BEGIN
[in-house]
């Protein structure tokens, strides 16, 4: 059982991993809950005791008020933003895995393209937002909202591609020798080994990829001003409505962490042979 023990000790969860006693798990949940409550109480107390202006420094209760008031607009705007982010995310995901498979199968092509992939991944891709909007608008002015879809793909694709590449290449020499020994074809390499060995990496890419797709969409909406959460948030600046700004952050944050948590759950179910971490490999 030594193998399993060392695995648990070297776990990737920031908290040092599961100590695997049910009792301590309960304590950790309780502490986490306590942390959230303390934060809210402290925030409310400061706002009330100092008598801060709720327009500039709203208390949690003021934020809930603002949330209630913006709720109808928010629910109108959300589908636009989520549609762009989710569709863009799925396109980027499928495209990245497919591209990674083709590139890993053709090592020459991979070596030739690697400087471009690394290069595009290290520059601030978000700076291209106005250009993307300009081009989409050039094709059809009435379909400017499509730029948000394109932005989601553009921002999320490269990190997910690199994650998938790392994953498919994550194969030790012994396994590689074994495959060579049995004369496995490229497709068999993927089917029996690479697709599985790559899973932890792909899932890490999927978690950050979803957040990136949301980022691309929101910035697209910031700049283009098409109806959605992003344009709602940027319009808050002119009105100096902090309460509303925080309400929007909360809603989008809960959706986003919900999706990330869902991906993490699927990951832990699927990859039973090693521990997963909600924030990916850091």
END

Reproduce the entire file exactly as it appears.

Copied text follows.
[in-house]
């Protein structure tokens, strides 16, 4: 059982991993809950005791008020933003895995393209937002909202591609020798080994990829001003409505962490042979 023990000790969860006693798990949940409550109480107390202006420094209760008031607009705007982010995310995901498979199968092509992939991944891709909007608008002015879809793909694709590449290449020499020994074809390499060995990496890419797709969409909406959460948030600046700004952050944050948590759950179910971490490999 030594193998399993060392695995648990070297776990990737920031908290040092599961100590695997049910009792301590309960304590950790309780502490986490306590942390959230303390934060809210402290925030409310400061706002009330100092008598801060709720327009500039709203208390949690003021934020809930603002949330209630913006709720109808928010629910109108959300589908636009989520549609762009989710569709863009799925396109980027499928495209990245497919591209990674083709590139890993053709090592020459991979070596030739690697400087471009690394290069595009290290520059601030978000700076291209106005250009993307300009081009989409050039094709059809009435379909400017499509730029948000394109932005989601553009921002999320490269990190997910690199994650998938790392994953498919994550194969030790012994396994590689074994495959060579049995004369496995490229497709068999993927089917029996690479697709599985790559899973932890792909899932890490999927978690950050979803957040990136949301980022691309929101910035697209910031700049283009098409109806959605992003344009709602940027319009808050002119009105100096902090309460509303925080309400929007909360809603989008809960959706986003919900999706990330869902991906993490699927990951832990699927990859039973090693521990997963909600924030990916850091």